Thursday, August 25, 2005

My Dad Was Shot Down In Combat

My dad was shot down in combat. This happened years before I was born and he doesn't talk about it much, but the story has gotten some traction in the press so I know quite a bit about it.

It was off a Japanese-held island, and fortunately my dad managed to keep his plane together long enough to get over the ocean and bail out. He was the only survivor. None of his crew were ever even found. No burials at sea. No closure. He was the pilot and, of course, he feels some responsibility even though he knows there was nothing more he could have done. How he survived is something that only God can explain.

Again, dad doesn't talk about it much.

Recently a book has been written about what happened to aviators who flew with my dad that didn't make it "feet wet" as they now call it. They went down into enemy-held jungle, and were all horribly tortured to death.

I've thought about my father being captured and tortured to death. How couldn't I have those thoughts?

And, yes, in case you were wondering, I'm not actually talking about MY father. I'm talking about the current president, George Walker Bush, and HIS father, George Herbert Walker Bush.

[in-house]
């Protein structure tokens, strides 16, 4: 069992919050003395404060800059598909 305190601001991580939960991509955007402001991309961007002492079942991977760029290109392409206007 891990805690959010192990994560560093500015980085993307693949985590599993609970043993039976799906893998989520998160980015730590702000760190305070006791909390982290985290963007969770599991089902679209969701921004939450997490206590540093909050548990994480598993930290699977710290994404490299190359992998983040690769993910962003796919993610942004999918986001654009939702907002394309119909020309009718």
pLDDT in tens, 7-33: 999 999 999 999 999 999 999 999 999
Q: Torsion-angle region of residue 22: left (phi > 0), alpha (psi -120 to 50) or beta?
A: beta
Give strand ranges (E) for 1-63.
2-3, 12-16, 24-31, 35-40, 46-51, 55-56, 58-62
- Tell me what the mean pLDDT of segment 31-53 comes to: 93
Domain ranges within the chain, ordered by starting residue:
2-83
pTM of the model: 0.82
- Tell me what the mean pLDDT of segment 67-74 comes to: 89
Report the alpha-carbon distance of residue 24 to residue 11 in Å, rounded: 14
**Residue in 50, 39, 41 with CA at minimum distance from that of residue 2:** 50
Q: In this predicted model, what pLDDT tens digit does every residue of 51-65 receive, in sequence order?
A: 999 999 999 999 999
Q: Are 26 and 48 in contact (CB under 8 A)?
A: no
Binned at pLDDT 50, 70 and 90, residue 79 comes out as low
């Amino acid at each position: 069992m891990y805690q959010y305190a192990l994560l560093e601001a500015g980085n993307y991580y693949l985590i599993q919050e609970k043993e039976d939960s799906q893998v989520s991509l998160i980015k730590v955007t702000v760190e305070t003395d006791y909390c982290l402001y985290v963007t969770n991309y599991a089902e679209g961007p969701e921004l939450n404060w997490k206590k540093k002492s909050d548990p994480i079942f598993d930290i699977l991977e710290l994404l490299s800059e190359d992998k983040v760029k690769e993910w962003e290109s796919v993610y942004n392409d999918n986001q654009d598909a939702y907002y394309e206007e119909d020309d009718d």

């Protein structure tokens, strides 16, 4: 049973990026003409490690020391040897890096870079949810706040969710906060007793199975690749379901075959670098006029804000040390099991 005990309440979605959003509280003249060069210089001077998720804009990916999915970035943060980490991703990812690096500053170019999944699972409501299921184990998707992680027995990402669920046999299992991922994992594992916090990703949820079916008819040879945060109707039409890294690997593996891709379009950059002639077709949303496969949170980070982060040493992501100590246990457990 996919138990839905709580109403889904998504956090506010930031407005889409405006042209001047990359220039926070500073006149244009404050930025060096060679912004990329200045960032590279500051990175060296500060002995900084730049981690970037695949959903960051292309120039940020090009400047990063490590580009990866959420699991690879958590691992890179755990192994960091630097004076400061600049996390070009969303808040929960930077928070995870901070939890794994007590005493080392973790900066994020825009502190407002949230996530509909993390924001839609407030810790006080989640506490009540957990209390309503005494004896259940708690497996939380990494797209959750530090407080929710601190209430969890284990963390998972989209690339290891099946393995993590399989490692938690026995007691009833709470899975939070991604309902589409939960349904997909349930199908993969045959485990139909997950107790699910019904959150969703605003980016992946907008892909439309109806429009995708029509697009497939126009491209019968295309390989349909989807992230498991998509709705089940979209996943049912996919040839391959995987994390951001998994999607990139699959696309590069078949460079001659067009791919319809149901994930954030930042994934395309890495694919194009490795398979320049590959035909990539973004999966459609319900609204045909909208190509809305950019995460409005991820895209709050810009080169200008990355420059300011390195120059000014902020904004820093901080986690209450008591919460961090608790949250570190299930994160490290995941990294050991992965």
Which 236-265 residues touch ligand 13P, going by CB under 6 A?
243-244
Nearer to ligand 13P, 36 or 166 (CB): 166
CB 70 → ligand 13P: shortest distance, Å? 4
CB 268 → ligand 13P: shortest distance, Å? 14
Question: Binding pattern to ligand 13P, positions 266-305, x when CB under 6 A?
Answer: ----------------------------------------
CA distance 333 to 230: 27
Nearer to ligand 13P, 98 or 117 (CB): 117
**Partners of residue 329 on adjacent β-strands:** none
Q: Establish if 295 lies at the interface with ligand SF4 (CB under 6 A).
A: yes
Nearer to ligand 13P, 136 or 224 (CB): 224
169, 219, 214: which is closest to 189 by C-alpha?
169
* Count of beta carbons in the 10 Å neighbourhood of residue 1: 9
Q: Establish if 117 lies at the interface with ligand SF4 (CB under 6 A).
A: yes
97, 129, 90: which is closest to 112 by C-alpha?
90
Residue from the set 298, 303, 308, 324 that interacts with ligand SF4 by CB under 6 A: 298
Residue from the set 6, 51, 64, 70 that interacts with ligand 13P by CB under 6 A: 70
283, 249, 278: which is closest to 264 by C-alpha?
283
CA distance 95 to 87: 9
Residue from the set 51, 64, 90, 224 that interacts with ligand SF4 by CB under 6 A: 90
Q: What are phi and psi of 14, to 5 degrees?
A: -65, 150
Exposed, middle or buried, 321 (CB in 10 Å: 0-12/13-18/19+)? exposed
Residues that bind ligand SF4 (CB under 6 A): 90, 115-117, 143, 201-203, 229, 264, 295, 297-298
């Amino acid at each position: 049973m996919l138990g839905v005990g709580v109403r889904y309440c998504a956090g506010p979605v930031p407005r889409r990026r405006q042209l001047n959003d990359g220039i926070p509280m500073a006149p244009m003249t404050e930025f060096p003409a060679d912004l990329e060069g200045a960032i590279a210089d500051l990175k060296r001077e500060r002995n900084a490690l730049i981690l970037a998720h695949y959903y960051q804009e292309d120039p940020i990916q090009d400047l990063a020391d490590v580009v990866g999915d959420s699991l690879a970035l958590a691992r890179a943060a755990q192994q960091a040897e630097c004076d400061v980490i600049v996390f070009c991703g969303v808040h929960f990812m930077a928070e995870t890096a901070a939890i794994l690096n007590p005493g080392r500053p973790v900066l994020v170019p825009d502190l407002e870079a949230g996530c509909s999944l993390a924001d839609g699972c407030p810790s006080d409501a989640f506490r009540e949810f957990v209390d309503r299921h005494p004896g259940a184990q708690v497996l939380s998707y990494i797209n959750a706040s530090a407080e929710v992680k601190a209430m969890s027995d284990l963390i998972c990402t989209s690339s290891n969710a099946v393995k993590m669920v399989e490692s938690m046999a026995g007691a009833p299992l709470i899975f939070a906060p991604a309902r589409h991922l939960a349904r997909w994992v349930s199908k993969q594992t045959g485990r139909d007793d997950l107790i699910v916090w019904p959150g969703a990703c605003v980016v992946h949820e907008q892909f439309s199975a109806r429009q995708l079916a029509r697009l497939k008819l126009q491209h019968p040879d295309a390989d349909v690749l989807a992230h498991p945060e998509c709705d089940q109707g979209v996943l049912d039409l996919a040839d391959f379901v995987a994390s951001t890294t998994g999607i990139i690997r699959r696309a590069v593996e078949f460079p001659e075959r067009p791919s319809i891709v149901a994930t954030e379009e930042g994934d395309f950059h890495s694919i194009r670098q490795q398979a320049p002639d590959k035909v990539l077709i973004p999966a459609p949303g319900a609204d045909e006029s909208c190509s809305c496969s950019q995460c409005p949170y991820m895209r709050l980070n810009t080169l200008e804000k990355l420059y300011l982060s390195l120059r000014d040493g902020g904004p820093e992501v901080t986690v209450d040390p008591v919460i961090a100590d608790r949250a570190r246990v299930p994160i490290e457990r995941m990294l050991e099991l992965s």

Not a word I write here isn't true, except for the perspective. It's not me who almost lost his dad in combat; it's the president.

Cindy Sheehan lost her son in combat, and that is an anguish that I can't relate to. But I haven't read Bradley's latest book, "Flyboy's," and stayed up at night considering how close my own dad came to being dismembered alive. GW Bush has.

And I imagine Barbara Bush, his mother, hasn't had an easy go of it. First her young husband is shot down over the Pacific and comes *this* close to either being tortured to death, eaten by sharks, or left to die of exposure and thirst in a life raft. Then her son, like his dad, becomes a military pilot, an inherently hazardous thing to do (particularly in the F-102, which was a very unforgiving aircraft).

No sleepless nights, there...

As Cindy Sheehan leads the charge about how unfeeling George W. Bush is, perhaps someone in the press should remind everybody of just how personal military service and sacrifice is to that family. I don't think it's possible for them, of all people, to send young men and women into combat without respecting exactly what that means.


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